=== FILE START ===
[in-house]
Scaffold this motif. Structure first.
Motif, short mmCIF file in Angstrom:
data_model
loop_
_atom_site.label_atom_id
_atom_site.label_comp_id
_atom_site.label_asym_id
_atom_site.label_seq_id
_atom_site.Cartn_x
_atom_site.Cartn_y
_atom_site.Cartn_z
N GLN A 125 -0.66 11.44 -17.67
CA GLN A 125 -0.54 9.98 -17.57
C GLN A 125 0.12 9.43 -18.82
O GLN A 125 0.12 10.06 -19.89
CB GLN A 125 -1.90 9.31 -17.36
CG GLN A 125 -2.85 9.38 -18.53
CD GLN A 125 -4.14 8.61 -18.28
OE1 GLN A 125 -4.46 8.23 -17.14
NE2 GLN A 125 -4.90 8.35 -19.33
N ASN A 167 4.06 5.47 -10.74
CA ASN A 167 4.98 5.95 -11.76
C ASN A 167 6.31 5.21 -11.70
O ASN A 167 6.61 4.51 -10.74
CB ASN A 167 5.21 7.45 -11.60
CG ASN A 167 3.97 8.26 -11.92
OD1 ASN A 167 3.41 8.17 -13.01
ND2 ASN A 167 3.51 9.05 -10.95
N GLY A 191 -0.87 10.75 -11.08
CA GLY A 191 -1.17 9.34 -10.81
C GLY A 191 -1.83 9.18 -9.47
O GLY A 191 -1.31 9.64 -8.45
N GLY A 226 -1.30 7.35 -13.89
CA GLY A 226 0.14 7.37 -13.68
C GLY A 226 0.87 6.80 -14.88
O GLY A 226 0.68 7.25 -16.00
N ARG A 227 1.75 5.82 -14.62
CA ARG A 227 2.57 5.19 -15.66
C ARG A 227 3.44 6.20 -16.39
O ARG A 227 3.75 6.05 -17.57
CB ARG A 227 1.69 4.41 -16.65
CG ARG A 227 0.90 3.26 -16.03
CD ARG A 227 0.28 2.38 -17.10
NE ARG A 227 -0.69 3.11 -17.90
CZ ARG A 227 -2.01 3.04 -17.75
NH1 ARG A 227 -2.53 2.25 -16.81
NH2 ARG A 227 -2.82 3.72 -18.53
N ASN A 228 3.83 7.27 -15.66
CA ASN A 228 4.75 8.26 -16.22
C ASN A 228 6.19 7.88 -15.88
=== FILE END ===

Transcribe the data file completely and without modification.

[in-house]
Scaffold this motif. Structure first.
Motif, short mmCIF file in Angstrom:
data_model
loop_
_atom_site.label_atom_id
_atom_site.label_comp_id
_atom_site.label_asym_id
_atom_site.label_seq_id
_atom_site.Cartn_x
_atom_site.Cartn_y
_atom_site.Cartn_z
N GLN A 125 -0.66 11.44 -17.67
CA GLN A 125 -0.54 9.98 -17.57
C GLN A 125 0.12 9.43 -18.82
O GLN A 125 0.12 10.06 -19.89
CB GLN A 125 -1.90 9.31 -17.36
CG GLN A 125 -2.85 9.38 -18.53
CD GLN A 125 -4.14 8.61 -18.28
OE1 GLN A 125 -4.46 8.23 -17.14
NE2 GLN A 125 -4.90 8.35 -19.33
N ASN A 167 4.06 5.47 -10.74
CA ASN A 167 4.98 5.95 -11.76
C ASN A 167 6.31 5.21 -11.70
O ASN A 167 6.61 4.51 -10.74
CB ASN A 167 5.21 7.45 -11.60
CG ASN A 167 3.97 8.26 -11.92
OD1 ASN A 167 3.41 8.17 -13.01
ND2 ASN A 167 3.51 9.05 -10.95
N GLY A 191 -0.87 10.75 -11.08
CA GLY A 191 -1.17 9.34 -10.81
C GLY A 191 -1.83 9.18 -9.47
O GLY A 191 -1.31 9.64 -8.45
N GLY A 226 -1.30 7.35 -13.89
CA GLY A 226 0.14 7.37 -13.68
C GLY A 226 0.87 6.80 -14.88
O GLY A 226 0.68 7.25 -16.00
N ARG A 227 1.75 5.82 -14.62
CA ARG A 227 2.57 5.19 -15.66
C ARG A 227 3.44 6.20 -16.39
O ARG A 227 3.75 6.05 -17.57
CB ARG A 227 1.69 4.41 -16.65
CG ARG A 227 0.90 3.26 -16.03
CD ARG A 227 0.28 2.38 -17.10
NE ARG A 227 -0.69 3.11 -17.90
CZ ARG A 227 -2.01 3.04 -17.75
NH1 ARG A 227 -2.53 2.25 -16.81
NH2 ARG A 227 -2.82 3.72 -18.53
N ASN A 228 3.83 7.27 -15.66
CA ASN A 228 4.75 8.26 -16.22
C ASN A 228 6.19 7.88 -15.88